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Hey, I just began programming, I was wondering if anyone could give insight or tips on how to organize code better or make something more efficient in the following code:

#include <stdio.h>
#include <math.h>


     /* Variable Definitions */

   int altitude, speed;
   float angle, combo, earthRadius, gravityAcceleration, horizontalDistance, pi, radians, time, verticalDistance;

   pi = 3.141592653589793238;

      /* User Input */

   printf("Let's play golf!\n\n");
   printf("Enter altitude [m]   : ");
      scanf("%d", &altitude);
   printf("Enter speed [m/s]    : ");
      scanf("%d", &speed);
   printf("Enter angle [degrees]: ");
      scanf("%f", &angle);
   printf("Enter time [s]       : ");
      scanf("%f", &time);

      /* Calculations */

   radians             = angle * (pi / 180);
   earthRadius         = 6.371E6;
   gravityAcceleration = 9.8 * pow((earthRadius / (earthRadius + altitude)), 2);

      /* Formula Definitions */

   horizontalDistance  = speed * (cos(radians)) * time;
   verticalDistance    = (speed * (sin(radians)) * time) - (0.5 * gravityAcceleration * (pow(time, 2)));

      /* Output Statements */

   printf("Horizontal distance  = %.1lf m\n", horizontalDistance);
   printf("Vertical distance    = %.1lf m\n", verticalDistance);

share|improve this question
More efficient in what sense? The program is very simple, what are you trying to accomplish here? – Ed S. Jan 25 '11 at 0:26
If you remove all the calls to scanf and don't wait for user input, it will run much faster. – James McNellis Jan 25 '11 at 0:26
Hardy har har :D – Ed S. Jan 25 '11 at 0:28

Some suggestions:

  1. The correct definition of main would be int main(int argc, char** argv). Or perhaps the shorter int main(). You should also return 0 at the end of this function.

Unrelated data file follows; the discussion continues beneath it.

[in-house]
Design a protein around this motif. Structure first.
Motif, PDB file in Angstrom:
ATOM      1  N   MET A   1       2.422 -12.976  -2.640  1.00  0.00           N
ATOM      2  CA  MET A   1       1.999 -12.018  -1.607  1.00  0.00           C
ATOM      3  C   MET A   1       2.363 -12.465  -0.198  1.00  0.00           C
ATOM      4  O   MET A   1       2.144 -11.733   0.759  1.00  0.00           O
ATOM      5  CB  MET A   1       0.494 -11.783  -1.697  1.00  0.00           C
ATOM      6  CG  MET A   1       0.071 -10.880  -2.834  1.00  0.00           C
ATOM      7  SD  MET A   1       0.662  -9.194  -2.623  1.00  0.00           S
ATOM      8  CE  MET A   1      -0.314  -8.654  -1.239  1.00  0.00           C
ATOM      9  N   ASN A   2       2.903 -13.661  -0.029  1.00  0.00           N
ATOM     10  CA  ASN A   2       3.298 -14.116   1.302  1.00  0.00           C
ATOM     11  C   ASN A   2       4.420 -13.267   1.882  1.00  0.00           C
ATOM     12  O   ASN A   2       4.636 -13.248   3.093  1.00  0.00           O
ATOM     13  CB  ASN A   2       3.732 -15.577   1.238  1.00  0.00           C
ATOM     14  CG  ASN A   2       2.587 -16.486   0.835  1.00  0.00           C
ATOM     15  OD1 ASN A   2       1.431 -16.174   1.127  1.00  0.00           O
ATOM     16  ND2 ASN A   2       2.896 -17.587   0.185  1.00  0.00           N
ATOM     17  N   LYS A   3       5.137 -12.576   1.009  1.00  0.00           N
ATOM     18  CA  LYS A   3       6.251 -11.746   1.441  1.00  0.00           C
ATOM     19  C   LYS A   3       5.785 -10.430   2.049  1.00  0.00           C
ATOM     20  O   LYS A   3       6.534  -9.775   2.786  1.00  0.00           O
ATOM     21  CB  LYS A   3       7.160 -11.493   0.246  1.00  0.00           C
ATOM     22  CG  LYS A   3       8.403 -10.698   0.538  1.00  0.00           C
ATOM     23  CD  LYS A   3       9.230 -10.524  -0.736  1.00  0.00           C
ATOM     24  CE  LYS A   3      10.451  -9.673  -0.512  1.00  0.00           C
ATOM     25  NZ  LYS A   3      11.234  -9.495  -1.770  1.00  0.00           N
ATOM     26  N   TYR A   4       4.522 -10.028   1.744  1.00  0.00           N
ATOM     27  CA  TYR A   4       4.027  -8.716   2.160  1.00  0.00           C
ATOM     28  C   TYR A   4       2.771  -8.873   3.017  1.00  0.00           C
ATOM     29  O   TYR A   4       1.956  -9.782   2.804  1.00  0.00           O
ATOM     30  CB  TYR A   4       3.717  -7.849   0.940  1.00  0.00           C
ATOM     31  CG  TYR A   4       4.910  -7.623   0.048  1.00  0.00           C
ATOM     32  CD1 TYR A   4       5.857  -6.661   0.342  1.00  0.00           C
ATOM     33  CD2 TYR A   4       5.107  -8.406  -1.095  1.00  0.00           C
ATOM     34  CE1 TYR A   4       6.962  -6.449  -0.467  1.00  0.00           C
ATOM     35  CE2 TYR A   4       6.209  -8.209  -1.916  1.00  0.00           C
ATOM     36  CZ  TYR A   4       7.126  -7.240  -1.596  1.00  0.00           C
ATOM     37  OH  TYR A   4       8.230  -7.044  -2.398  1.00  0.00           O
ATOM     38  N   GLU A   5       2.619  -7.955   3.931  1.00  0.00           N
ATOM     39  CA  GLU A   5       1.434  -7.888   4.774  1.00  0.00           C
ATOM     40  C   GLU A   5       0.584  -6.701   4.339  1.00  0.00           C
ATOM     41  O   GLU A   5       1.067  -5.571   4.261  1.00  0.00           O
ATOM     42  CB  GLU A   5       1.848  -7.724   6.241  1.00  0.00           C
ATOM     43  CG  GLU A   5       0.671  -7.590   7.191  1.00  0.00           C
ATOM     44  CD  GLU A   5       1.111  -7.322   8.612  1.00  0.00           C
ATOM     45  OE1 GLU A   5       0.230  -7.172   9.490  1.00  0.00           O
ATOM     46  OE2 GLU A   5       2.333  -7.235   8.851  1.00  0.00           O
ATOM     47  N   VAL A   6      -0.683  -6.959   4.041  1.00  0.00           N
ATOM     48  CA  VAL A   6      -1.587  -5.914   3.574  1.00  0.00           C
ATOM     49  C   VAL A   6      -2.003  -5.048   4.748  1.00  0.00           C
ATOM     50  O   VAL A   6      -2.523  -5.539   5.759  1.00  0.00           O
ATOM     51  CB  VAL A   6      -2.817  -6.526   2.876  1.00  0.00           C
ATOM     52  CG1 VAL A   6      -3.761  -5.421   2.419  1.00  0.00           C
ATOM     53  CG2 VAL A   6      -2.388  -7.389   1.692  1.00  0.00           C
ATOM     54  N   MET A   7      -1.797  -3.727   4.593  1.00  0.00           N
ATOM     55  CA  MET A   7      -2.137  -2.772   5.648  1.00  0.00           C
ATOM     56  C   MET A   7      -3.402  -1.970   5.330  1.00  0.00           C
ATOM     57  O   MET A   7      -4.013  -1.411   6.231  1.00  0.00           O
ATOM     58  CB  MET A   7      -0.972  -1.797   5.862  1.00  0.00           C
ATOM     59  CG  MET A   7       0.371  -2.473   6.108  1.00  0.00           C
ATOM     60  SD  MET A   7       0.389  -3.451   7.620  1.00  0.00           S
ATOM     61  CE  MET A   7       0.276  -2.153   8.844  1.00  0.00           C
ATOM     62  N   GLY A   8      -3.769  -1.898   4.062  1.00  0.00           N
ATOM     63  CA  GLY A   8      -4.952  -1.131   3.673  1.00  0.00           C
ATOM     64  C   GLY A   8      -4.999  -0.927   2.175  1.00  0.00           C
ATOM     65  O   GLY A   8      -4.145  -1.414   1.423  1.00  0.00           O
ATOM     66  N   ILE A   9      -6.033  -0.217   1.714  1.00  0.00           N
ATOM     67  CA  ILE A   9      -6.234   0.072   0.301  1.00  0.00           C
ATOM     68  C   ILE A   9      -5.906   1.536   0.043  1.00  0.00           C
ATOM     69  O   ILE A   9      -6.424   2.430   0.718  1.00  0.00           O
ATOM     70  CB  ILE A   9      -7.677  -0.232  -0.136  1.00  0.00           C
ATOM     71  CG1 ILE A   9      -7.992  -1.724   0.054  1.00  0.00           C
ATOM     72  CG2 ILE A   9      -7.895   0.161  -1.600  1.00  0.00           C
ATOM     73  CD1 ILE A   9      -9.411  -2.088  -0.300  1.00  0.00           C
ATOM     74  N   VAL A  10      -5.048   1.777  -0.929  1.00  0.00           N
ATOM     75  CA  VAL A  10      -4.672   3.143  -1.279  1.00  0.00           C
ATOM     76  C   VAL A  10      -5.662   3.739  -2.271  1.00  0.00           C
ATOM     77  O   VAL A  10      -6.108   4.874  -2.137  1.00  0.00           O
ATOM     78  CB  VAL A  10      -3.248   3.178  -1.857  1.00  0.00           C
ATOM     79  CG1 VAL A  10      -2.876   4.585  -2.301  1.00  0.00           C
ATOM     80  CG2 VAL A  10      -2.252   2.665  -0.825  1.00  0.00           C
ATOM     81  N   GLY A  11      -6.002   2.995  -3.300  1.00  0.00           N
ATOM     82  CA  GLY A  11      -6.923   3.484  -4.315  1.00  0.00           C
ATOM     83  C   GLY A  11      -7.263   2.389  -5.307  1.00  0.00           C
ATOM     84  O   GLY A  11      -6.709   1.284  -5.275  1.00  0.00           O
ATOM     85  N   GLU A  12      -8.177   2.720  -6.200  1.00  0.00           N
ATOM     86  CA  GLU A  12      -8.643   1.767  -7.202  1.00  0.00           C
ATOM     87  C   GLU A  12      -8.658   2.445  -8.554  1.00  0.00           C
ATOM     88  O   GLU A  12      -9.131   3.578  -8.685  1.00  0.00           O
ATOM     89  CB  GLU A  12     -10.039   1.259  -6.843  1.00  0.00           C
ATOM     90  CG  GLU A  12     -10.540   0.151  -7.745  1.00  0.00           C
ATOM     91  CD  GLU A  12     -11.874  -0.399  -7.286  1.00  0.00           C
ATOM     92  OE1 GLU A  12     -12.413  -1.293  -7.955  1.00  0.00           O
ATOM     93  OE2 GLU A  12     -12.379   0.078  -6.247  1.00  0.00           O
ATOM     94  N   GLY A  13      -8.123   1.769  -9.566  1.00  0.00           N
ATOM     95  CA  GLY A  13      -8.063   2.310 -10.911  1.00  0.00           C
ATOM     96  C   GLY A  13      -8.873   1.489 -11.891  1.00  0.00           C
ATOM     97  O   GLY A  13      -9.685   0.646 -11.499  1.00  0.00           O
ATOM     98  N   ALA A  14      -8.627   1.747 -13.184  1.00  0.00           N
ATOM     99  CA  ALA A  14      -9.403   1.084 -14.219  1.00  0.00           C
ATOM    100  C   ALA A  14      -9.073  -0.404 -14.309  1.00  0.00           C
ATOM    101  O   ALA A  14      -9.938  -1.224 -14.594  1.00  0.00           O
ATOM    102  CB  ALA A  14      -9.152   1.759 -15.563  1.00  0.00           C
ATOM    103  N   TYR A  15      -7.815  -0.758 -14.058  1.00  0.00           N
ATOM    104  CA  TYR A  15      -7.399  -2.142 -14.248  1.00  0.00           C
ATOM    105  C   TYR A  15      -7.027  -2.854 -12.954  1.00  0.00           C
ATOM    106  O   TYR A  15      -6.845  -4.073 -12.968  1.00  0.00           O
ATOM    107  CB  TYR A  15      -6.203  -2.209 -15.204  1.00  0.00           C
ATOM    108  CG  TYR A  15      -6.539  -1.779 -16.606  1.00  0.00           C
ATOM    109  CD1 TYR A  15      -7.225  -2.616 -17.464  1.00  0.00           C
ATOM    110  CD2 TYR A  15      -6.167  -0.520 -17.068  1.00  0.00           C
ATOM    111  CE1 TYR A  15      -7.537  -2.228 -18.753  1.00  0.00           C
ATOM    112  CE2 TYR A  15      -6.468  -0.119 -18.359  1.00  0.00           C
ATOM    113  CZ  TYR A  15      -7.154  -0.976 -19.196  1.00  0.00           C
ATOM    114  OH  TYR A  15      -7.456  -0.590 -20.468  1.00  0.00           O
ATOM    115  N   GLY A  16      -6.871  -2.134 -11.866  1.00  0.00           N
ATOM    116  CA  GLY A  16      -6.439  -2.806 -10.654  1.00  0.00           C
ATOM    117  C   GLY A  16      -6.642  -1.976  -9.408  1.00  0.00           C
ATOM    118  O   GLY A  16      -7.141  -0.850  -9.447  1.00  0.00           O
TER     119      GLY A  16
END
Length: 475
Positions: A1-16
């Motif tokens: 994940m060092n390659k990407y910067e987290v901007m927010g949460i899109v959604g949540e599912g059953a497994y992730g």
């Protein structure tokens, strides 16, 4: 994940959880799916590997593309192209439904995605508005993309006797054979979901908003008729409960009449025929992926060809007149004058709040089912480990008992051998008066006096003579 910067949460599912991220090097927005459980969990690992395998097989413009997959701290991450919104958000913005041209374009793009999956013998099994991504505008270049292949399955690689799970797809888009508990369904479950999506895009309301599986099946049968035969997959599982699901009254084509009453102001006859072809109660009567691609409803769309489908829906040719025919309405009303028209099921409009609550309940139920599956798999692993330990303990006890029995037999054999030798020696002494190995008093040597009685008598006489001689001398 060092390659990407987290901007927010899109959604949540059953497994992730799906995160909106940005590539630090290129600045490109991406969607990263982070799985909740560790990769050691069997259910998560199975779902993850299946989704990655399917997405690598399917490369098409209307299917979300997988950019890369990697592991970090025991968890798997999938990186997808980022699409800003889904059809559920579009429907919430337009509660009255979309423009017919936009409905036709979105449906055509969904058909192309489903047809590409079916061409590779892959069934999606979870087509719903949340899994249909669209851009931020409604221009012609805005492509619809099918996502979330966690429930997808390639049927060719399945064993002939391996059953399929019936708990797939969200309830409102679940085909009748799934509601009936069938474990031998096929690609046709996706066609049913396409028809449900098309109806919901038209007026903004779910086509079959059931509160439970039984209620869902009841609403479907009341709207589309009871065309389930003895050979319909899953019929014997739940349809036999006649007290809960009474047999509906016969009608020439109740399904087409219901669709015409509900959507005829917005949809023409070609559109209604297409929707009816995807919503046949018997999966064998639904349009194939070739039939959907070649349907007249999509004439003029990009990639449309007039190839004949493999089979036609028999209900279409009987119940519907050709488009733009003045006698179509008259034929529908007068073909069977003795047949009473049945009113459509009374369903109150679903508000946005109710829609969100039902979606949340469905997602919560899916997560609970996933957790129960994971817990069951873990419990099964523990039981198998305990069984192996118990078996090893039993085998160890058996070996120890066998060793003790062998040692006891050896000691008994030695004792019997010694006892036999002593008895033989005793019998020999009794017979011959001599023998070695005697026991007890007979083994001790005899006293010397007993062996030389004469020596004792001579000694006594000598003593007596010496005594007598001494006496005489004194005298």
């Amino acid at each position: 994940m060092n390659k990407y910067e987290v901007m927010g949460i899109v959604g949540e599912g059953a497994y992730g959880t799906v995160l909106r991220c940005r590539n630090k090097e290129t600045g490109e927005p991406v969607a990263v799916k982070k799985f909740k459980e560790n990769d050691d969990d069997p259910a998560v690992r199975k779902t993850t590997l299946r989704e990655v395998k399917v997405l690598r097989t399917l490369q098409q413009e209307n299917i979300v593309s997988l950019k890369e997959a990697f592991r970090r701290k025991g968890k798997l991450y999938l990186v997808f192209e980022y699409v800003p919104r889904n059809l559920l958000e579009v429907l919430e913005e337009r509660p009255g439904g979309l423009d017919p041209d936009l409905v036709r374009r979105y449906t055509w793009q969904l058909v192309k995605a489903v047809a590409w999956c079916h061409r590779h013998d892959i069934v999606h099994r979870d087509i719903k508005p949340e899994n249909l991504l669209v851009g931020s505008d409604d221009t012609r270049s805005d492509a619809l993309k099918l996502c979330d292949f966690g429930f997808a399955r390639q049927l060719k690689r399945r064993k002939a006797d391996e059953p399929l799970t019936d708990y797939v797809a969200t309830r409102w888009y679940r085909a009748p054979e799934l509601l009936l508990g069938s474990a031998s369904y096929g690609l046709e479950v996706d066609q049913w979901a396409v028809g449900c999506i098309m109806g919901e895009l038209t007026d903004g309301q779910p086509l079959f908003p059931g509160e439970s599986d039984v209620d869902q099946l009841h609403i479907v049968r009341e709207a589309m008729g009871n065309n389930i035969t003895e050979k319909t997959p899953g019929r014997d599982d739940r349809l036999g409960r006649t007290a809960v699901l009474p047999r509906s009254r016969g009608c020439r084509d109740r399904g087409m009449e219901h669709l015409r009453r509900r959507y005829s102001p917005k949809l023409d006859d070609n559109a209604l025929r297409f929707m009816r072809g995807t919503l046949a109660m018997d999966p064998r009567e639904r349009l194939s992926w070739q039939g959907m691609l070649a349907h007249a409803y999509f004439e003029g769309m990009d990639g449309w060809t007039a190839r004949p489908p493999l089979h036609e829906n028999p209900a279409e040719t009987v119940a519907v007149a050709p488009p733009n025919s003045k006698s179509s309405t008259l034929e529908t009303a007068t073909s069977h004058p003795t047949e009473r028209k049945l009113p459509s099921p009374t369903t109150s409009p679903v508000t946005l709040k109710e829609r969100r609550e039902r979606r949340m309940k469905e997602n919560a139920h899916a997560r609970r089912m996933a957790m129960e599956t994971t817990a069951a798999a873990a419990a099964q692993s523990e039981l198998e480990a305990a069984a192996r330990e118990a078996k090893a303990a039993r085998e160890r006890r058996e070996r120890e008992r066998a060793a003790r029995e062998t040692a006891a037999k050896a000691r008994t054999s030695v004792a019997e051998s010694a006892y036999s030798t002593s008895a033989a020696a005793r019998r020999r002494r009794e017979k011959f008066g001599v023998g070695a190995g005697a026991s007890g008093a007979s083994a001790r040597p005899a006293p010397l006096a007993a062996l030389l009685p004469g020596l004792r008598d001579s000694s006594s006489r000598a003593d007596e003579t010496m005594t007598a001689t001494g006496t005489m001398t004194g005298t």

2. Since pi never changes a better definition would be const double pi = 3.141592653589793238; Or #define PI 3.141592653589793238.
  3. Since you have used the lf modifier in your printf arguments you probably want to replace float with double for extra precision in all you variables. You probably want to replace float with double anyway for the reasons R points out in the comments.
  4. If you want arbitrary precision floating point, you need to use a library for that, like MPFR.

This won't speed up your code. They're just points for neatness.

share|improve this answer
const float is bad advice. Use #define. And don't use floats, use doubles. floats have very bad precision and no advantages except size, which only matters if you have thousands or millions of them. – R.. Jan 25 '11 at 0:38
Have replaced with const double and included an or define option. Does #define vs const have any noticable difference for accuracy? – user257111 Jan 25 '11 at 0:49
in a real nitpick, it is usually prettier to return EXIT_SUCCESS from stdlib.h if memory serves. My C is rusty. – I GIVE CRAP ANSWERS Jan 25 '11 at 1:55

Your program is way too simple to optimize, maybe in the past on much weaker hardware it would have been relevant, however not on anything in use today.

However if you would like general pointers on optimization, then do a bit of reading on Algorithms and Data Structures, and have a look at the book "Code Complete" Second Edition. It has a section dedicated to optimization.

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